A Step Towards Proper Medical Staffing

9 Oregon school districts will take part in a pilot project to obtain federal reimbursement for providing healthcare to special education students thanks to a bill backed by OSEA.

Oregon has a major school nursing shortage, as the recent Task Force on School Nursing report indicates: Our schools have only one certified and/or licensed registered nurse for every 2,178 students — well short of the industry recommendation of 1 nurse for every 750 students. OSEA had a seat on the Task Force, and helped steer the discussion from just talk into action that will benefit students and staff across the state.

The lack of nurses means classified school employees are often performing medical procedures best left to medical personnel, such as catheterizing, tube feeding, administering oxygen and much more.

Unlike most states, Oregon pays school nurses almost entirely out of the State School Fund, subject to wax and wane with our state’s volatile education budget. The Lund Report’s Chris Gray found that Oregon schools receive just $3.3 million from the federal government to care for special education students, while Montana — with about a quarter of Oregon’s population — gets $35.7 million.

Sponsored by Sen. Laurie Monnes Anderson, Senate Bill 111 establishes a pilot program in nine Oregon school districts to help them begin billing Medicaid for services provided to students. Districts would apply funds currently spent on medical services as the state’s one-third Medicaid share, with the federal government matching at a nearly two-to-one ratio, according to Lund Report.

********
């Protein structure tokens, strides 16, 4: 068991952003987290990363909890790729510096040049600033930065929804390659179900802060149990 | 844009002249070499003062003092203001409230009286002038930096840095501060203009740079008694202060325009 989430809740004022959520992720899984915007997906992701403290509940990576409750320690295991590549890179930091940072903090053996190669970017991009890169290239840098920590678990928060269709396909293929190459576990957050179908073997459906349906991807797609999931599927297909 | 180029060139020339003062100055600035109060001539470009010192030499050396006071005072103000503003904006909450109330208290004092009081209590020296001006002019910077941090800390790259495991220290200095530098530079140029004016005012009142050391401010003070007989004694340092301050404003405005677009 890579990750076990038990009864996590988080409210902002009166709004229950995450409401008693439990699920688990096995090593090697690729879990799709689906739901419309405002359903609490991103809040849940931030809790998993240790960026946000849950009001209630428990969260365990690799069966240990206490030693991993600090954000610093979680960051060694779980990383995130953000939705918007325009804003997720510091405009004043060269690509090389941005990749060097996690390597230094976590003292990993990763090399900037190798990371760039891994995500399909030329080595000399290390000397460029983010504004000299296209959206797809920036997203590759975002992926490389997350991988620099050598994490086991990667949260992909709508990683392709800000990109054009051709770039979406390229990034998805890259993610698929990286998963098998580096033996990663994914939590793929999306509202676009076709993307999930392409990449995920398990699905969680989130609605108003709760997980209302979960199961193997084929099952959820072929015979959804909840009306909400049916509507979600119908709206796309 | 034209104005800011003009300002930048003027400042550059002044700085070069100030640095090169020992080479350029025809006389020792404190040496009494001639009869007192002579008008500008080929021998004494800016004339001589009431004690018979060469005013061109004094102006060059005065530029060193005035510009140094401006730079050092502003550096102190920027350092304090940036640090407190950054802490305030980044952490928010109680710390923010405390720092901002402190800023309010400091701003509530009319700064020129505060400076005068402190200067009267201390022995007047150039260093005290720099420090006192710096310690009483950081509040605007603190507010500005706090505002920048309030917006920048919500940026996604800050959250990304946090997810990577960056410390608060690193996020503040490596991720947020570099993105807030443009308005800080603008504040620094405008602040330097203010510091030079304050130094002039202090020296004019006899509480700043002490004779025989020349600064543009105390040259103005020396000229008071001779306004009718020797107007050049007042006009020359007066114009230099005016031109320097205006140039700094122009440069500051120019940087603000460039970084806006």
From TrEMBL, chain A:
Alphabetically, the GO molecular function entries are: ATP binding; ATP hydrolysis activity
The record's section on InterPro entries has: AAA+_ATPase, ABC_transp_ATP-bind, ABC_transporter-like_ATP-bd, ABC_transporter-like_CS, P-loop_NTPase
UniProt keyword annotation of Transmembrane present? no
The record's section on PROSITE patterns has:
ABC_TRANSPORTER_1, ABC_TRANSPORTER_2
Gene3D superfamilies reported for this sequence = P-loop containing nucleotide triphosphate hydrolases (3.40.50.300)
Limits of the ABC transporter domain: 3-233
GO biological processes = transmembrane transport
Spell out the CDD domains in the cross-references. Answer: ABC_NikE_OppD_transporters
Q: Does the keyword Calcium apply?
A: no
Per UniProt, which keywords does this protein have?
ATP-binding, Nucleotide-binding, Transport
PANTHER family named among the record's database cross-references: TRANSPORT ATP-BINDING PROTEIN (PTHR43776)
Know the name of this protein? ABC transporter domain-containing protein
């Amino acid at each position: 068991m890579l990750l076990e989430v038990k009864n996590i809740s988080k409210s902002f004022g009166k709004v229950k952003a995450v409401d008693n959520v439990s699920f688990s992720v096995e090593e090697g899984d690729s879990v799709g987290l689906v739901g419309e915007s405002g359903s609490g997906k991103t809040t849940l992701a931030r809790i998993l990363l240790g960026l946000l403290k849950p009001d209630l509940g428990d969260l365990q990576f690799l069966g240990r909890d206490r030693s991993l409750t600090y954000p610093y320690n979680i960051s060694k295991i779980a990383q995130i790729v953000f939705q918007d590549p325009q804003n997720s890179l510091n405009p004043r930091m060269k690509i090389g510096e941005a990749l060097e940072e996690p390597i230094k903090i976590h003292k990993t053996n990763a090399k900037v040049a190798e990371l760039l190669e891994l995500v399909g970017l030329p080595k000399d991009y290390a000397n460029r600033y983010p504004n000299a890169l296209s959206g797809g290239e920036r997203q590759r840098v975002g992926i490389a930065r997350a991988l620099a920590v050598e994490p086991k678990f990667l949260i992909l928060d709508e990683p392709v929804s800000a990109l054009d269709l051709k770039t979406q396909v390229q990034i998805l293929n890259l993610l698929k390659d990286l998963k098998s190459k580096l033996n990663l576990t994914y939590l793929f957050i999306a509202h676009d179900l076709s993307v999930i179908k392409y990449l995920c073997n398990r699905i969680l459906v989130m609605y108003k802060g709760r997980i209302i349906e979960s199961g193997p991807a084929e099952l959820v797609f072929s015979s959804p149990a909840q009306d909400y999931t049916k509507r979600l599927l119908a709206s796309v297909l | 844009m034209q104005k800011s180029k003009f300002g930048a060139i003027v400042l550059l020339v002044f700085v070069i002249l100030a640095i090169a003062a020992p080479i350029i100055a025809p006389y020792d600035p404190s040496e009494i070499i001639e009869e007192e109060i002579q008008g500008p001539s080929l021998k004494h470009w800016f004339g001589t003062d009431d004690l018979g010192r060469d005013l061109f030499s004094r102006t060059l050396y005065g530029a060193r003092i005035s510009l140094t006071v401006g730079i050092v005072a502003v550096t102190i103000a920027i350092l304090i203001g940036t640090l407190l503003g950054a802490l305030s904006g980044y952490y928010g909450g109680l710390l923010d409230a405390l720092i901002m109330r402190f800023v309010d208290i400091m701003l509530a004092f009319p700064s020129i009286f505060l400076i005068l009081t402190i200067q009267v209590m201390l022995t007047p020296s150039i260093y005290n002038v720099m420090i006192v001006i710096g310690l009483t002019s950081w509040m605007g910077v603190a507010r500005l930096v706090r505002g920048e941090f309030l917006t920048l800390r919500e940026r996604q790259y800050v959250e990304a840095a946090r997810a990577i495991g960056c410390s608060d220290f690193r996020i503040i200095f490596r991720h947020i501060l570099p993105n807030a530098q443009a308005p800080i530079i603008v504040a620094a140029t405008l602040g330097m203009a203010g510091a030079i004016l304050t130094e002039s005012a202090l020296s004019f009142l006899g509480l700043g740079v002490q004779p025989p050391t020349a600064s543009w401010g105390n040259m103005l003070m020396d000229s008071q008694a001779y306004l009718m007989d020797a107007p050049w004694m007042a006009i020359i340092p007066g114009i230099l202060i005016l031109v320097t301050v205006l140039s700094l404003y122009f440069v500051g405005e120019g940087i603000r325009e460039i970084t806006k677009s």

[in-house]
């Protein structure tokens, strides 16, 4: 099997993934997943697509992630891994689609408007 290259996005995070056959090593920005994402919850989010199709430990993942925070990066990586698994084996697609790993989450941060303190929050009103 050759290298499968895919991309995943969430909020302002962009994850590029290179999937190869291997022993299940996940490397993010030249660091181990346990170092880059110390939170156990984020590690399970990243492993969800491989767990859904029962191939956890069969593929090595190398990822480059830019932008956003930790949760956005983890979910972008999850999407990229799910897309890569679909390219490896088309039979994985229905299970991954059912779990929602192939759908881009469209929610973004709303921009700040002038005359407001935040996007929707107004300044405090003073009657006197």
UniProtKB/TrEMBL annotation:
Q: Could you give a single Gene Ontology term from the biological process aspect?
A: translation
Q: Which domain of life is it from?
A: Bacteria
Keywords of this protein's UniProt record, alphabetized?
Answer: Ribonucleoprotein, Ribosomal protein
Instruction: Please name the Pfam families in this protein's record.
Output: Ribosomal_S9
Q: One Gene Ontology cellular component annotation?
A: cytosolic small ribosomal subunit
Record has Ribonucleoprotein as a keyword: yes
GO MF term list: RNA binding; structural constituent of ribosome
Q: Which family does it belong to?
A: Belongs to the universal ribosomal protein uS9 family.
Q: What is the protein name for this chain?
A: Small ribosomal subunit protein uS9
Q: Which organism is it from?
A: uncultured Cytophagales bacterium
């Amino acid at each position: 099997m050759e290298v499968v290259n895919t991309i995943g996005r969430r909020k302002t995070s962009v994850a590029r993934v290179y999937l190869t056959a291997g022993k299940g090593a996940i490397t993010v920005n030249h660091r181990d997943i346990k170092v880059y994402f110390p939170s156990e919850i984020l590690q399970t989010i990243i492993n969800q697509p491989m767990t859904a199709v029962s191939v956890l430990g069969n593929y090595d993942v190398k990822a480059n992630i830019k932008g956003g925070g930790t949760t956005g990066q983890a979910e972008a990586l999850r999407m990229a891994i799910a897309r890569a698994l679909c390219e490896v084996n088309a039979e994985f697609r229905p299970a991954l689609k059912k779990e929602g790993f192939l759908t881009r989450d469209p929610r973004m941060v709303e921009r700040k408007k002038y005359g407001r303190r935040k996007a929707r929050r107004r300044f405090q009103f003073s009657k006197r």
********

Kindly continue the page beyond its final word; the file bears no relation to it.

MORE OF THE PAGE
Students benefit tremendously when they have access to school nurses on a regular basis: For example, one study in Kentucky found that students were more than three times as likely to get sent home when they were seen by an unlicensed educational employee rather than a school nurse.

OSEA Government Relations Specialist Soren Metzger, who represented OSEA on the task force, lauded this opportunity to improve the student experience without harming existing employees or programs. She praised the boosterism of Rep. Gene Whisnant, R-Sunriver, who was also on the Task Force.

“Schools are the only place where non-medically trained school personnel like secretaries and IAs/EAs are being told to provide complex medical procedures for their students, such as urinary catheterization, feeding tubes, suctioning, etc,” Metzger said. “Getting more nurses in schools serves student needs and allows other education staff to focus on their jobs.”